Despite Nuclear Deal, US Sends Sanctions Draft to UN

Clinton Claims 'Deal' With China and Russia on Sanctions

Just one day after the formal announcement of a third party enrichment deal by Iran, Turkey and Brazil, the United States has announced that it is sending a draft sanctions bill to the UN Security Council ostensibly aimed at punishing Iran for not accepting that very deal.

Secretary of State Hillary Clinton claimed a deal had been reached among all the permanent members in testimony to the Senate Foreign Relations committee today, but it was unclear if that “deal” had come prior to the announcement and China and Russia still have yet to confirm those claims.

The Iran deal will have the Iranian government sending 1,200 kg, much of its low enriched uranium stockpile, to Turkey. Other parties to the deal will eventually provide the fuel rods for Iran’s medical research reactor, at which time Turkey will turn over the uranium.

Despite being virtually verbatim to the deal the US has been demanding Iran accept since October, and resolving what has really been the only Western complaint of Iran’s program, that its stockpile was large enough to hypothetically be further enriched to produce a single nuclear weapon, the US has angrily rejected the deal, with officials saying it was “too little too late.

Yet China has cheered the deal, as surprisingly enough has the French government, which has been among the most hawkish of the US allies against Iran. It seems inconceivable that the deal Secretary Clinton spoke of will trump an actual agreement.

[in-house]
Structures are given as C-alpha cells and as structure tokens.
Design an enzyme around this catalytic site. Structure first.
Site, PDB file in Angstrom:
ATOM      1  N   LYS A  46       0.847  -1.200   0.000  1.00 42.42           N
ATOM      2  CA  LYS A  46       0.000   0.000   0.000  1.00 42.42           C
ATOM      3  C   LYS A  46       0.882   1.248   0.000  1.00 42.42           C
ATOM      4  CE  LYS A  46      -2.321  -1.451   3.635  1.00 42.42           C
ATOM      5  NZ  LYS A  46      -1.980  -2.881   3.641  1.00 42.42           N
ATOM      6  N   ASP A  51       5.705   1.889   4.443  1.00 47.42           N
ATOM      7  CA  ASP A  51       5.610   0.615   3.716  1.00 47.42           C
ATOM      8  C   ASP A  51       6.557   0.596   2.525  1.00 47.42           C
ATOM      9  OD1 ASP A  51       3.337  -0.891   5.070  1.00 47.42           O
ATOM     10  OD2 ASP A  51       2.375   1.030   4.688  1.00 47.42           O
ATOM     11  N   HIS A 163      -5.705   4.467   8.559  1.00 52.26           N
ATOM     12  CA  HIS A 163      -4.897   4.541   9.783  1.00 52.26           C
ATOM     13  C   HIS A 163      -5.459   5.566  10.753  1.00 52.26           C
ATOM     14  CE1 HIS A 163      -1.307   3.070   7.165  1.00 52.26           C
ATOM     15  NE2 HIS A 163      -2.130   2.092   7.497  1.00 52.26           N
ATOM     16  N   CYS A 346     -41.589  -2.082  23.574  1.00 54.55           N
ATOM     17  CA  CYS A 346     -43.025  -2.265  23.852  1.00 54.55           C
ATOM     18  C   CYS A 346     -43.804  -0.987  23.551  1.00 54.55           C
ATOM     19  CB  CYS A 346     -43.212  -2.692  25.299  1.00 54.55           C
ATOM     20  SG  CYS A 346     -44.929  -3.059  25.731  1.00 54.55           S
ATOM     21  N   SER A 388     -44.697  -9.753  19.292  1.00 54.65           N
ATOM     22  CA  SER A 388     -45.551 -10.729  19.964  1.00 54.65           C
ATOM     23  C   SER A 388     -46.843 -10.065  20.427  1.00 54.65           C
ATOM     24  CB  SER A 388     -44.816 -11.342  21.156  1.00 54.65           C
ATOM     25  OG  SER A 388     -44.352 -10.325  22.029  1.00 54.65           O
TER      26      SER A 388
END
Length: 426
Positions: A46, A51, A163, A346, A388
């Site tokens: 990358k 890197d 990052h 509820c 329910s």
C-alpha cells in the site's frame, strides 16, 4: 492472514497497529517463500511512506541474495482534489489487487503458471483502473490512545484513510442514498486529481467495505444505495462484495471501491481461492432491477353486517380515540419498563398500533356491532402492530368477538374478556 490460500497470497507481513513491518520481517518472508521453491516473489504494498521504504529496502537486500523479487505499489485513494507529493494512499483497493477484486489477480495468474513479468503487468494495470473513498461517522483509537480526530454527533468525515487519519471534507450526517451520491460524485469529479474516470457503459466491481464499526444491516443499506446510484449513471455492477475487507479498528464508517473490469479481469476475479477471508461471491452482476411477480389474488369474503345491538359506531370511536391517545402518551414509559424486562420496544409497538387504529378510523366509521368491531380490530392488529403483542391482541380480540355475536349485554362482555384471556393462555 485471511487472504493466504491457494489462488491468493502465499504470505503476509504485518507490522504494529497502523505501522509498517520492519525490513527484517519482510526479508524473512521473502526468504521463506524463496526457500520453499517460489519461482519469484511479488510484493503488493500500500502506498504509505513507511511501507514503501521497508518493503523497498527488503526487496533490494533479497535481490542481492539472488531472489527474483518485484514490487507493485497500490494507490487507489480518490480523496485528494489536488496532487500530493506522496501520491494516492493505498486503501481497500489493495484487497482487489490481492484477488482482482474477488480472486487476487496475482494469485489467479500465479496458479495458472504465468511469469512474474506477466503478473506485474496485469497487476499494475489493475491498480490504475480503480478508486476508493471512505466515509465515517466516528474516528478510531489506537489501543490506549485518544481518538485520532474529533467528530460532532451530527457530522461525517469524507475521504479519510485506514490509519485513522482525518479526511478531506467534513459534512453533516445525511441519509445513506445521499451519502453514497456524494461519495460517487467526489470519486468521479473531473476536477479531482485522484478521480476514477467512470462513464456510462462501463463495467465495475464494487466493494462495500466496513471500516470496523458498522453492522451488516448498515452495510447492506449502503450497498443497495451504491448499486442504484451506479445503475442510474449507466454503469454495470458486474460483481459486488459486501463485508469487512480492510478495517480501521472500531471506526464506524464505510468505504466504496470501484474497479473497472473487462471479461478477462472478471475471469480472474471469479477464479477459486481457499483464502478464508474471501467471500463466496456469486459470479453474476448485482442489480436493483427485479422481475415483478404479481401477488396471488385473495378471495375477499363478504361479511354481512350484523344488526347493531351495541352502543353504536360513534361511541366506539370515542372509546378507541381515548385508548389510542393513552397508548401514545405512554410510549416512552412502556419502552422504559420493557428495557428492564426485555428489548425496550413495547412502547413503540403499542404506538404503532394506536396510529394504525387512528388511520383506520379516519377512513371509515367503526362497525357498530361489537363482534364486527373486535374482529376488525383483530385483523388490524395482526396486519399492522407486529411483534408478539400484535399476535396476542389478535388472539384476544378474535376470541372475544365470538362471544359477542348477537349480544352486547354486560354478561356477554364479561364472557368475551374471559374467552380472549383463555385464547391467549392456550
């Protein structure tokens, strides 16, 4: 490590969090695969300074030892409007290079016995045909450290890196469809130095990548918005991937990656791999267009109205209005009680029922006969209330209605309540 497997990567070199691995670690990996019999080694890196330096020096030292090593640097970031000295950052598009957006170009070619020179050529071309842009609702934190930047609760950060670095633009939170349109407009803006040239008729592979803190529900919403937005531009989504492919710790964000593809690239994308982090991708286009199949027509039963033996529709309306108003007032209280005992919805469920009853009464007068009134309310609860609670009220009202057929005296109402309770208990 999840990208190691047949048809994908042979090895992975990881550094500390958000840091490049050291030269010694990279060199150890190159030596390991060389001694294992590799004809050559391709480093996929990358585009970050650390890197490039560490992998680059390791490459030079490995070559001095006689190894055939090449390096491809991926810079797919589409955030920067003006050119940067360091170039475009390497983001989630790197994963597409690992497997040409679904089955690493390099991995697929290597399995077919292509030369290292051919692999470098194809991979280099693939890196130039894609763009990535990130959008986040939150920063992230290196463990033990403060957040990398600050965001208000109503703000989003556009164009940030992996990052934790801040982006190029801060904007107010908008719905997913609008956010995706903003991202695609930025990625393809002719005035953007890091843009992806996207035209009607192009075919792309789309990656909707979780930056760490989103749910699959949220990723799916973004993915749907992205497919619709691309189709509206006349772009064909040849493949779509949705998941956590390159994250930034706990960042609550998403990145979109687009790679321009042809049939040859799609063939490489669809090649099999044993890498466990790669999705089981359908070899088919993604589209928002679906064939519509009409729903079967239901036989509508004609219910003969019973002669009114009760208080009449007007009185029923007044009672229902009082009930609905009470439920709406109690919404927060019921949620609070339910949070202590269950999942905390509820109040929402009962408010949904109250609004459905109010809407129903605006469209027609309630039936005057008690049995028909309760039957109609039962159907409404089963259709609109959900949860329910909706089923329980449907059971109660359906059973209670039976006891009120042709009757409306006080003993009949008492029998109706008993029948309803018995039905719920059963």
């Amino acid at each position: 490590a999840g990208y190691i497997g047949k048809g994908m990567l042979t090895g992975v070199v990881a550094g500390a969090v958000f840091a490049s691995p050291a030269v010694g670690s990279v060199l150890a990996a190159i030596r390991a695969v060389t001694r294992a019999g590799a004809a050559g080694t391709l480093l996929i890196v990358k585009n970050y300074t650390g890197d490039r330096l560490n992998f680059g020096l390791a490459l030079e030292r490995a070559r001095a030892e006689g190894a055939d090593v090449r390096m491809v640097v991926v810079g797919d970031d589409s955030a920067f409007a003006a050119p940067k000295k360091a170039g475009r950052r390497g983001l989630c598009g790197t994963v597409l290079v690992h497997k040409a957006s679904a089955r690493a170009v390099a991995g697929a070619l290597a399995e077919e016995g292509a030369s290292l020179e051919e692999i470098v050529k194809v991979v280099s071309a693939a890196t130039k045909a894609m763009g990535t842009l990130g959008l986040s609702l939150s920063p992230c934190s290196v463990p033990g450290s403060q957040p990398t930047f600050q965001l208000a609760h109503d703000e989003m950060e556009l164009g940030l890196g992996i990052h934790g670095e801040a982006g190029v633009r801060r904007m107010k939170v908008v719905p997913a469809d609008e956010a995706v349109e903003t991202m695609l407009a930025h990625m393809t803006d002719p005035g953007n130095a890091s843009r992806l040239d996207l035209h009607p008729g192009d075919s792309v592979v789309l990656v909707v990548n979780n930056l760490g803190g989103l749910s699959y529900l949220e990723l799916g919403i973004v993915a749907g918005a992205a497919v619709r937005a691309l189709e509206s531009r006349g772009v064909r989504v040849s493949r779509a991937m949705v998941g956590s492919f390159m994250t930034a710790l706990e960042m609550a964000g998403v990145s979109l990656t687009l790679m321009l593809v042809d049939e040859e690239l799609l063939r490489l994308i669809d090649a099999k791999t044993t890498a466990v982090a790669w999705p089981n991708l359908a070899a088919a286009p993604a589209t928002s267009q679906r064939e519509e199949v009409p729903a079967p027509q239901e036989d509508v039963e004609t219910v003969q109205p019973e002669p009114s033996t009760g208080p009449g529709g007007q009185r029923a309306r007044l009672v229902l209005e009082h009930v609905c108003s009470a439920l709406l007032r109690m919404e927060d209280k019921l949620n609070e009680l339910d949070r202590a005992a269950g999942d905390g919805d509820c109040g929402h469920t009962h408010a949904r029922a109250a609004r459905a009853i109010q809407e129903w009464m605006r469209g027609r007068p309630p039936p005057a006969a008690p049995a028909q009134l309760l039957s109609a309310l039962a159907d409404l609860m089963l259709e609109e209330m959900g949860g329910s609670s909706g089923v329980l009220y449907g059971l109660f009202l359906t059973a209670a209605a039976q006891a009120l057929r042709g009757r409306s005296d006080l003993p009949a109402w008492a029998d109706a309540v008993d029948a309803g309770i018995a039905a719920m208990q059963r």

But if it does, it will almost certainly be a major step toward an eventual American invasion of Iran. Iran’s public has felt itself ill-treated by the international community on its civilian nuclear program: if they face “crippling” sanctions after their government gives in to the West’s demands it will likely put voter opinion in Iran dramatically in favor of withdrawing from the Nuclear Non-Proliferation Treaty (NPT) based on the argument that the P5+1 aren’t respecting their rights under the treaty to begin with. This would give the war party the pretext for invasion it has sought for years: indeed some analysts have suggested US policy has been designed to force exactly this confrontation.

Author: Jason Ditz

Jason Ditz is Senior Editor for He has 20 years of experience in foreign policy research and his work has appeared in The American Conservative, Responsible Statecraft, Forbes, Toronto Star, Minneapolis Star-Tribune, Providence Journal, Washington Times, and the Detroit Free Press.